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Saturday
Oct292011

Chapter 4 - The Edge of Chaos  

 
Another term you hear a lot these days is “complexity”.  Complexity theory is really just another way of expressing chaos (which really has its origins in science and mathematics) as a business fitness landscape – kind of a “chaos theory without the math”.
 
It could also be said that complexity theory is the study of complex adaptive systems, which operate “on the edge of chaos and order” (Chris Langton, Santa Fe Institute)
 
Of course, all these scientists and business strategists are simply trying to make the point that it is always profitable to inject complexity into a system that you alone can manage best. 
 
Wall Street has understood this for years.
 
Read any accurate financial statements lately? Yeah, right. 
 
After listening to the talking heads at CNBC or Bloomberg do you still believe that any of that “drivel” makes sense?  The stock market was up (or down) today because of what? The dollar strengthened (or didn’t) on what news?
 
Can anybody tell me what a derivative is? Or, how it was derived, how to correctly monitor its performance, or assess its true risk?  What about P/E’s?  Sharpe ratios? Black-Scholes option calculation formulas? No wonder index funds are so popular.
 
And Wall Street isn’t alone. Governments large and small are aware of this little secret too.  Tried cutting through any “red tape”? Want to get something simple like a building permit?  The last time I heard, New York City required no less than forty-two (42) steps (sign offs) to approve a new bathroom. And each of those “sign offs” comes at a price. I guess we now know why the costs keep escalating regardless of bids.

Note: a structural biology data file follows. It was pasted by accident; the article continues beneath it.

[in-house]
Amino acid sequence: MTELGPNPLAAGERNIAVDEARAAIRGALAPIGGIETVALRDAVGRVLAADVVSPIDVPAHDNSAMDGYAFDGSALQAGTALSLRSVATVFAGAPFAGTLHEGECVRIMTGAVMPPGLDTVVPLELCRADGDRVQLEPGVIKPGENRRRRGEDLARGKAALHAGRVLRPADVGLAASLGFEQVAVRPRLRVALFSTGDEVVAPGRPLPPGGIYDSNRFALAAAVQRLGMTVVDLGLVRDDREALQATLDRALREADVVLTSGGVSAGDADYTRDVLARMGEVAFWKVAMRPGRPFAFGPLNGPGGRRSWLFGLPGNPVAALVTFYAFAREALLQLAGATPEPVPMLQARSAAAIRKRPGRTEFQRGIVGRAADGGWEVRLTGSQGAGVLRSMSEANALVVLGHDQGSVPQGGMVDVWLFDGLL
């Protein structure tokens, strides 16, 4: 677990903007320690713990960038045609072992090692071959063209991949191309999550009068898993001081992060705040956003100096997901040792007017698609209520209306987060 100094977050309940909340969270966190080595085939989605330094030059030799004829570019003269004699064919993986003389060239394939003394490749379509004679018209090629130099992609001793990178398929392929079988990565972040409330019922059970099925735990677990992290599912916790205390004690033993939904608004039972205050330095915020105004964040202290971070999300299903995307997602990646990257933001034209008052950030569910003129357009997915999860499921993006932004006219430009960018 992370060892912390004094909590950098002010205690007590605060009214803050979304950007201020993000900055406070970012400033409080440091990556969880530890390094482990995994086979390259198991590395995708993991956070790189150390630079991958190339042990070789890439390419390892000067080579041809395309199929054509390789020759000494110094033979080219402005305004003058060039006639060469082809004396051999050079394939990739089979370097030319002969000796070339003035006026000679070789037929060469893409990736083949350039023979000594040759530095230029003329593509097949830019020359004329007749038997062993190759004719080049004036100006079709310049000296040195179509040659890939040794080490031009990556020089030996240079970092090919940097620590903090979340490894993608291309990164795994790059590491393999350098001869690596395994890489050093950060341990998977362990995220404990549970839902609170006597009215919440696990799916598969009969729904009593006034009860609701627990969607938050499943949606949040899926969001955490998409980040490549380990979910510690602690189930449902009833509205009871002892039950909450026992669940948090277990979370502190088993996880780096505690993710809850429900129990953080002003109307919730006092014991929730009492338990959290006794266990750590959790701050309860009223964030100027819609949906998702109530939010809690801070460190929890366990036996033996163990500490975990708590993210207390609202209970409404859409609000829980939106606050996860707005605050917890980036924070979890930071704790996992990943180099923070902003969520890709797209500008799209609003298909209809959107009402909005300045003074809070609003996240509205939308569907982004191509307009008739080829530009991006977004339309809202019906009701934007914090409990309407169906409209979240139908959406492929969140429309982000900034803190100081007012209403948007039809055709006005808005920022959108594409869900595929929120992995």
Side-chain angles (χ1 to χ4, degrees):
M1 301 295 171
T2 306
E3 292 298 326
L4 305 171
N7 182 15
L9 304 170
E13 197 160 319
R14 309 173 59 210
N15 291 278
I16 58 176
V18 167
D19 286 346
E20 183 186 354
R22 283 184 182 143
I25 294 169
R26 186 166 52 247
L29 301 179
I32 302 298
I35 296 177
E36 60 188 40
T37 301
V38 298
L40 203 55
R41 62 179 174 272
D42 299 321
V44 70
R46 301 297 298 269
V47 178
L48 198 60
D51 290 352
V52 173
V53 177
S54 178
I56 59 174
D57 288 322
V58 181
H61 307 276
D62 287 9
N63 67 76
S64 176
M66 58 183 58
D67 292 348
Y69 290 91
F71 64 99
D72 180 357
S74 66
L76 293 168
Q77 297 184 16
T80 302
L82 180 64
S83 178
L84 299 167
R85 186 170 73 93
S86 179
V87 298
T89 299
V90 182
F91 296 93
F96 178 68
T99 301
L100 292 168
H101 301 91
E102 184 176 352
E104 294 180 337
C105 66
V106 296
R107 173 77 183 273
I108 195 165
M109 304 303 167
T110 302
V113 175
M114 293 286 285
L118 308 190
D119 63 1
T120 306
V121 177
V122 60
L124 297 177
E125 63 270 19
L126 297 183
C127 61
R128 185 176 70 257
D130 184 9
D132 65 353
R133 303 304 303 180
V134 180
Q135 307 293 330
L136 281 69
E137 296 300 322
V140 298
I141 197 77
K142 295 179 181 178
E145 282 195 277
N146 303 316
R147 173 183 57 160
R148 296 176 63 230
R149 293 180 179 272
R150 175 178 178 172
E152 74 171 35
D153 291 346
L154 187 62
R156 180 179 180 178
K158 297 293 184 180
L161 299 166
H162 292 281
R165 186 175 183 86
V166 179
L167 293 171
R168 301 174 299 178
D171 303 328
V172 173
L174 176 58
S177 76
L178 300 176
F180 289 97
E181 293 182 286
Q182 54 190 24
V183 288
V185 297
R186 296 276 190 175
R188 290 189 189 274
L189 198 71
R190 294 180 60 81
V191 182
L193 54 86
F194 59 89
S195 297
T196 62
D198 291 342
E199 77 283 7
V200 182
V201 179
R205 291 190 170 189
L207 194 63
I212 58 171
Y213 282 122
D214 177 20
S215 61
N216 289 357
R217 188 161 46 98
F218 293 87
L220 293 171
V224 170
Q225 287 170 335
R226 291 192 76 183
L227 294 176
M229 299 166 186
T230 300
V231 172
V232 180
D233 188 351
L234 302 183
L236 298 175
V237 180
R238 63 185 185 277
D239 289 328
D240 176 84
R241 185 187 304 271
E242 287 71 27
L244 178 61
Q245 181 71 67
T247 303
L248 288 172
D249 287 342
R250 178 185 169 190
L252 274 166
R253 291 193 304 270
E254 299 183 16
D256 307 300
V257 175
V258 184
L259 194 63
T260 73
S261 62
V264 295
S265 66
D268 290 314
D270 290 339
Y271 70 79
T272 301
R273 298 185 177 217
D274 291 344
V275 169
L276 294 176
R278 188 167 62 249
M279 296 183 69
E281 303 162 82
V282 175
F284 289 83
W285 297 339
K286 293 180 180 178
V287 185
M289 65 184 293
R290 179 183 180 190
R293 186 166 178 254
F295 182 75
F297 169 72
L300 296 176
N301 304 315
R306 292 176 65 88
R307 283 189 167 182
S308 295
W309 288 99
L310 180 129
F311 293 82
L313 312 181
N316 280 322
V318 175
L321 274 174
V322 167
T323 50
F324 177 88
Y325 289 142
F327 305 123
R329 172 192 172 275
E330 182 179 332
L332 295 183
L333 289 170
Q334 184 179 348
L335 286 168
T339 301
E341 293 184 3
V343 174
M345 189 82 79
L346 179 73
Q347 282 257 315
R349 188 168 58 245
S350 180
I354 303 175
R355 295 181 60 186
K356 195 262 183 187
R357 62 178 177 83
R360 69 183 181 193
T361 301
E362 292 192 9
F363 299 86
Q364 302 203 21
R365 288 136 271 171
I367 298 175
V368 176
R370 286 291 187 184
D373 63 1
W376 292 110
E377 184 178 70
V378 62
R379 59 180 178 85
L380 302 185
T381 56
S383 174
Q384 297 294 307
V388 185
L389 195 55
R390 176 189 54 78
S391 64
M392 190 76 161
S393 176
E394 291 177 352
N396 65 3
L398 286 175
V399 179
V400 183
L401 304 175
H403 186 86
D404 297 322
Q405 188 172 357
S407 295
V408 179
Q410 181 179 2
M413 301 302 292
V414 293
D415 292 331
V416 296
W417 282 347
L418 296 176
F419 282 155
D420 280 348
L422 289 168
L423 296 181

We don’t really need to mention the internal revenue code now, do we? Either it was purposely written to be confusing – or else somebody somewhere is getting paid by the word.  Of course, there might be another explanation too – this is what happens when nobody takes responsibility, but everyone is in charge.
 
Maybe Will Rogers was right – “It is a good thing we don’t get all the government we pay for.”
 
Then again every dark cloud has to have its silver lining. The ever changing tax code and its complexity has long been the mainstay of many an accounting firm's competitive advantage (a la Michael Porter, Competitive Strategy: Techniques for Analyzing Industries and Competitors, 1980 Harvard Business School Press).  And the accounting profession has leveraged that advantage in the past to develop core competencies (more Porter) in several related areas. Their focus now is to further leverage that expertise, client base, and resources to achieve even more dominance in the tax preparation field and into related fields such as financial services.
 

 

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